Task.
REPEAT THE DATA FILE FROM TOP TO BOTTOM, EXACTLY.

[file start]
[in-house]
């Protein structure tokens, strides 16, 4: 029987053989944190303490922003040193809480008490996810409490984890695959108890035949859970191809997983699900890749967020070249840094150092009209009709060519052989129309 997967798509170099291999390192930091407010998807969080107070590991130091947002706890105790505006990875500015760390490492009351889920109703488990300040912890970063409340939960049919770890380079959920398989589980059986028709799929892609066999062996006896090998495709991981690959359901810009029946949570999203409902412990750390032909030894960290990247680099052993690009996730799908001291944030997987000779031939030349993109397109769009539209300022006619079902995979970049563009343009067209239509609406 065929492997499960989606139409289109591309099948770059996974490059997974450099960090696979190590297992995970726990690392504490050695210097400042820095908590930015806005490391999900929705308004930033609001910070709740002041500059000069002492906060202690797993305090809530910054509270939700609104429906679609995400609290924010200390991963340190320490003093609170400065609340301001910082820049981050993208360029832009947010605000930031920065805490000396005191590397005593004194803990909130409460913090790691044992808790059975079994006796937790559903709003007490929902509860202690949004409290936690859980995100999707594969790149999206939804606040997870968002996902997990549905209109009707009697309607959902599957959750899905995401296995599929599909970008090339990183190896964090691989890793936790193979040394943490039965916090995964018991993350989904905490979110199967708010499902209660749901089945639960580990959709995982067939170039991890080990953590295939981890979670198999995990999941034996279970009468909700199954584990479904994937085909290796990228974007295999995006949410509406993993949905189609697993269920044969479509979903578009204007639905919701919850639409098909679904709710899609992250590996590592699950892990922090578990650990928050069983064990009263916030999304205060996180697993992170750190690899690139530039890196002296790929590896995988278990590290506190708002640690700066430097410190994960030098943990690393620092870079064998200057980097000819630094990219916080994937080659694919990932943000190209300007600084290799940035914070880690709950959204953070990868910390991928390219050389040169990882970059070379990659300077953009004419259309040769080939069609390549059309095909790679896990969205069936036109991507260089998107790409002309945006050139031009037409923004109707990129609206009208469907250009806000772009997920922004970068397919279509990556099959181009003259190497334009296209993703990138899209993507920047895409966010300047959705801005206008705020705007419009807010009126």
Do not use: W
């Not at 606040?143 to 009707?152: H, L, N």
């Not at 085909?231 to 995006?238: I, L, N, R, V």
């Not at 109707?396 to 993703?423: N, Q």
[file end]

[in-house]
């Protein structure tokens, strides 16, 4: 029987053989944190303490922003040193809480008490996810409490984890695959108890035949859970191809997983699900890749967020070249840094150092009209009709060519052989129309 997967798509170099291999390192930091407010998807969080107070590991130091947002706890105790505006990875500015760390490492009351889920109703488990300040912890970063409340939960049919770890380079959920398989589980059986028709799929892609066999062996006896090998495709991981690959359901810009029946949570999203409902412990750390032909030894960290990247680099052993690009996730799908001291944030997987000779031939030349993109397109769009539209300022006619079902995979970049563009343009067209239509609406 065929492997499960989606139409289109591309099948770059996974490059997974450099960090696979190590297992995970726990690392504490050695210097400042820095908590930015806005490391999900929705308004930033609001910070709740002041500059000069002492906060202690797993305090809530910054509270939700609104429906679609995400609290924010200390991963340190320490003093609170400065609340301001910082820049981050993208360029832009947010605000930031920065805490000396005191590397005593004194803990909130409460913090790691044992808790059975079994006796937790559903709003007490929902509860202690949004409290936690859980995100999707594969790149999206939804606040997870968002996902997990549905209109009707009697309607959902599957959750899905995401296995599929599909970008090339990183190896964090691989890793936790193979040394943490039965916090995964018991993350989904905490979110199967708010499902209660749901089945639960580990959709995982067939170039991890080990953590295939981890979670198999995990999941034996279970009468909700199954584990479904994937085909290796990228974007295999995006949410509406993993949905189609697993269920044969479509979903578009204007639905919701919850639409098909679904709710899609992250590996590592699950892990922090578990650990928050069983064990009263916030999304205060996180697993992170750190690899690139530039890196002296790929590896995988278990590290506190708002640690700066430097410190994960030098943990690393620092870079064998200057980097000819630094990219916080994937080659694919990932943000190209300007600084290799940035914070880690709950959204953070990868910390991928390219050389040169990882970059070379990659300077953009004419259309040769080939069609390549059309095909790679896990969205069936036109991507260089998107790409002309945006050139031009037409923004109707990129609206009208469907250009806000772009997920922004970068397919279509990556099959181009003259190497334009296209993703990138899209993507920047895409966010300047959705801005206008705020705007419009807010009126």
Do not use: W
């Not at 606040?143 to 009707?152: H, L, N």
């Not at 085909?231 to 995006?238: I, L, N, R, V």
């Not at 109707?396 to 993703?423: N, Q």